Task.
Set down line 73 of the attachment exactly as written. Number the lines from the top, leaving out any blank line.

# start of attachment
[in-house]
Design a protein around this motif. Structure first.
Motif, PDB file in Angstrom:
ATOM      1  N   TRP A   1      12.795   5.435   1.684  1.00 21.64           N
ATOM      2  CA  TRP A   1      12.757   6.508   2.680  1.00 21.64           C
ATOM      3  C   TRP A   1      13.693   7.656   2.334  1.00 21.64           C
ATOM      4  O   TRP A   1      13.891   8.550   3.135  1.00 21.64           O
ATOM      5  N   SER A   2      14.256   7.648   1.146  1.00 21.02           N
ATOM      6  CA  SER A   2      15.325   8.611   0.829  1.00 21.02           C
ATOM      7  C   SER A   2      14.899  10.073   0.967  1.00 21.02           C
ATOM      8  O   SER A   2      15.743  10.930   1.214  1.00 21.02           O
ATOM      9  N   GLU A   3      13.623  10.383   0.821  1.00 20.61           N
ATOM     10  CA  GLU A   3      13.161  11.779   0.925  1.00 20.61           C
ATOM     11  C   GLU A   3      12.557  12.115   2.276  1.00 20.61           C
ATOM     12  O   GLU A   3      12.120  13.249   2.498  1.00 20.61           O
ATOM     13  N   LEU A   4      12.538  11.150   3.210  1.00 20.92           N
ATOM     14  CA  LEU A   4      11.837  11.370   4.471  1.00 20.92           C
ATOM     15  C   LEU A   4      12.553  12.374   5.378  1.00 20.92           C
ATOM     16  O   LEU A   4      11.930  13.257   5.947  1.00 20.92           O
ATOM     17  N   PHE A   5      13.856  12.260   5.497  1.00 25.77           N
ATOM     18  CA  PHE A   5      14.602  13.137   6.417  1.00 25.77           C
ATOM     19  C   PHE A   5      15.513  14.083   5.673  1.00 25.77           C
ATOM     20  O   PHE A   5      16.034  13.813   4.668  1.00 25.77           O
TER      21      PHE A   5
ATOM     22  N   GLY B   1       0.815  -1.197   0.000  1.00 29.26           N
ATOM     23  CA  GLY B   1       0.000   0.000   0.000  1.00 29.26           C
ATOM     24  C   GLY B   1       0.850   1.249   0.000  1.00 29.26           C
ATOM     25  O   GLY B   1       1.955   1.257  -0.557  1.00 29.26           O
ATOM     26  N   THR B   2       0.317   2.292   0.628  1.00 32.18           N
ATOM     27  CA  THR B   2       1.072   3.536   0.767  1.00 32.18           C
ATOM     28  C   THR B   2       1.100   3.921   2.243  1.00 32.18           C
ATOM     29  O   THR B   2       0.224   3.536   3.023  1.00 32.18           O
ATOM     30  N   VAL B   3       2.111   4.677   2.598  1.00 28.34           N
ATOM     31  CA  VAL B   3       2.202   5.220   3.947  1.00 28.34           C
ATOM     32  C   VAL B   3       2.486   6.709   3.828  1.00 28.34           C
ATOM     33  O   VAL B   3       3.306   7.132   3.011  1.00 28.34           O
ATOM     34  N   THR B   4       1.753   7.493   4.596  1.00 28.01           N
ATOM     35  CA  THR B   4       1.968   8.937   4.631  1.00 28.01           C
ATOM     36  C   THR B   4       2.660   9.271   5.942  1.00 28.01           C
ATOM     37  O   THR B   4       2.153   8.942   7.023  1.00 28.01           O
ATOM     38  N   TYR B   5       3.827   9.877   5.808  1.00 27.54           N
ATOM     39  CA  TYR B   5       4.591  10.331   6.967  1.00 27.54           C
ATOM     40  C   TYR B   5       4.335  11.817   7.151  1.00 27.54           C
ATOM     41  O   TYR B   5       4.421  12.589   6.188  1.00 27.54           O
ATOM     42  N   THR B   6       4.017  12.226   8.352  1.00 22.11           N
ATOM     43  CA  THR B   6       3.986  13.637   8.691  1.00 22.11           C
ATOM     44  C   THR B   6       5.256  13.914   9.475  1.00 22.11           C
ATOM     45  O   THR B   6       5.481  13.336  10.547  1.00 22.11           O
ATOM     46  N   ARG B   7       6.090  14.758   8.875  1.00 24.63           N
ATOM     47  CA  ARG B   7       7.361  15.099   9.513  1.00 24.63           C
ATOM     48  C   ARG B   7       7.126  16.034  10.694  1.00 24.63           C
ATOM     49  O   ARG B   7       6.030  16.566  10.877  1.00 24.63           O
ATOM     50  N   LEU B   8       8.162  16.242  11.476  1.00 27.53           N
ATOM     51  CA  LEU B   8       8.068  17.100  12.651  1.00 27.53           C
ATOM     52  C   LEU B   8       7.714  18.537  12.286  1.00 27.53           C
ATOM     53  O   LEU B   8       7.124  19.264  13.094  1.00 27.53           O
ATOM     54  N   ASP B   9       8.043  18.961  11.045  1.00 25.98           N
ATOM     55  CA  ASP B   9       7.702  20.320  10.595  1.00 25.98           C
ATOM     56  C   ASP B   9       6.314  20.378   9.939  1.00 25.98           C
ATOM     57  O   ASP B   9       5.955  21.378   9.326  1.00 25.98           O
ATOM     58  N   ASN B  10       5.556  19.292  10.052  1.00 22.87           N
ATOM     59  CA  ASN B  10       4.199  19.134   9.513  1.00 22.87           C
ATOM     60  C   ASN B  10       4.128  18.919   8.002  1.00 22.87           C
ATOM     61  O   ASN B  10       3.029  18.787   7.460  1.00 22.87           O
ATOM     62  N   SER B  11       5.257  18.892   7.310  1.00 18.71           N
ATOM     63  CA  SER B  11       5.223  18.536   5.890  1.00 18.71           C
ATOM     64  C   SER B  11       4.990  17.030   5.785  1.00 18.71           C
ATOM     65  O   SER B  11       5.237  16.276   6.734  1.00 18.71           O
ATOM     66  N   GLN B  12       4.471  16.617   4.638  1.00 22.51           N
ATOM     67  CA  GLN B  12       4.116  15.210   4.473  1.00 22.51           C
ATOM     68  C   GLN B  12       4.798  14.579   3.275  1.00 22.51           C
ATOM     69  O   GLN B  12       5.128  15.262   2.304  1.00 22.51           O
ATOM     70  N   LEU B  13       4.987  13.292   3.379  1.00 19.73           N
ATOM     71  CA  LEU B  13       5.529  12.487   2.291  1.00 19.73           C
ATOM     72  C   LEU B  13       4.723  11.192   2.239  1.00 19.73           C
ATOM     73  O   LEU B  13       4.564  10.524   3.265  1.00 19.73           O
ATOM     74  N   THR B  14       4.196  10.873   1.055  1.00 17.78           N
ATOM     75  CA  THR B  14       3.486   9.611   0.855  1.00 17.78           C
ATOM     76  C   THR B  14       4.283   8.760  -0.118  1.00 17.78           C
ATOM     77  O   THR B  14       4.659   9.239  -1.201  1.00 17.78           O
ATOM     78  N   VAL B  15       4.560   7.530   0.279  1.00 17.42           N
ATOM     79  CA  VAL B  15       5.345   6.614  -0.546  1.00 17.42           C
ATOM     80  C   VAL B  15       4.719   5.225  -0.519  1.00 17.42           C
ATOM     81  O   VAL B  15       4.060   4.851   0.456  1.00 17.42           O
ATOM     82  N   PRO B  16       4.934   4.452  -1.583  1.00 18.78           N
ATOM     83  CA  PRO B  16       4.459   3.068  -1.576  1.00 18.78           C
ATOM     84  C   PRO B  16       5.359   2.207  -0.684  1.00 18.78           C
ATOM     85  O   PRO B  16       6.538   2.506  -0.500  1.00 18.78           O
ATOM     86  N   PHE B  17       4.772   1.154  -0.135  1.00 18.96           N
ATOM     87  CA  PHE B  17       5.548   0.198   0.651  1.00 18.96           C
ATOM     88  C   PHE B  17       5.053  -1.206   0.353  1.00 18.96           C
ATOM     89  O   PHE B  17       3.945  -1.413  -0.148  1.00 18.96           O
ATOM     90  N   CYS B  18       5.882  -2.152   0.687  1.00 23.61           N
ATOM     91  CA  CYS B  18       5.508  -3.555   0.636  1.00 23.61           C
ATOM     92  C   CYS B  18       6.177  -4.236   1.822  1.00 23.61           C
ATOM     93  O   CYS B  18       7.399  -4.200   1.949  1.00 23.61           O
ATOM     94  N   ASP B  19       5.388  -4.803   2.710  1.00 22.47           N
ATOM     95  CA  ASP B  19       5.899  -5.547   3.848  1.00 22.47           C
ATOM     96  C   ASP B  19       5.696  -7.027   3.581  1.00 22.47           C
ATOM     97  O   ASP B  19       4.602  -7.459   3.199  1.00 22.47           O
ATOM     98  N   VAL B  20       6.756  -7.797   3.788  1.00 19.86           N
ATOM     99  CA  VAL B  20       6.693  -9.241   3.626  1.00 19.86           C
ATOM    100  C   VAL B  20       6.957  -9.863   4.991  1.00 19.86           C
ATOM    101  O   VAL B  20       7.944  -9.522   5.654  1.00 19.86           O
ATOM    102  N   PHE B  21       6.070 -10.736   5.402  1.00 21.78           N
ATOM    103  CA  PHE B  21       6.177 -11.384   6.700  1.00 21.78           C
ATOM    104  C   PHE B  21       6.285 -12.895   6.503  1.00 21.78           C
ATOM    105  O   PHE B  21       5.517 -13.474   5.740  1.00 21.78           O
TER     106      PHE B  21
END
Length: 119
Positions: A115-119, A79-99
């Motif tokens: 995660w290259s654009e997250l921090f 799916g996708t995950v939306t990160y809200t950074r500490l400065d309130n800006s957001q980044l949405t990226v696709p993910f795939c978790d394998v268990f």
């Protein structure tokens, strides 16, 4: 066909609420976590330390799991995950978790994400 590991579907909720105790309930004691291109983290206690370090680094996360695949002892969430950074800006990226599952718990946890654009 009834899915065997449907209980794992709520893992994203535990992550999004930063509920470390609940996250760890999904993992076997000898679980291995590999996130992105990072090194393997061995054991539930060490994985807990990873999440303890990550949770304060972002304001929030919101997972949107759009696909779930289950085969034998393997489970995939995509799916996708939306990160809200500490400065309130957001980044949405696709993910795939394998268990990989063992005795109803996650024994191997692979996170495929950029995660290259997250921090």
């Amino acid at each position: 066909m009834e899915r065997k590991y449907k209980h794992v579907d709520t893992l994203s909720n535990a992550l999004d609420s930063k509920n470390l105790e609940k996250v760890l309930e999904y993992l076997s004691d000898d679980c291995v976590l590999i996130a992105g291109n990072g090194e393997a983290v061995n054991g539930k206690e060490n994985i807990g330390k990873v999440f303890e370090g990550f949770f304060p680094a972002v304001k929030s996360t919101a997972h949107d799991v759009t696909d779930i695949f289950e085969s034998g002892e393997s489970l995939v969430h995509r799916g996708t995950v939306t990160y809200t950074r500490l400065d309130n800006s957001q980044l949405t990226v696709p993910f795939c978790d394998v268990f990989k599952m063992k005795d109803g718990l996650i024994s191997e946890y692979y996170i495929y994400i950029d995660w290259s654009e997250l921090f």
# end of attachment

ATOM     70  N   LEU B  13       4.987  13.292   3.379  1.00 19.73           N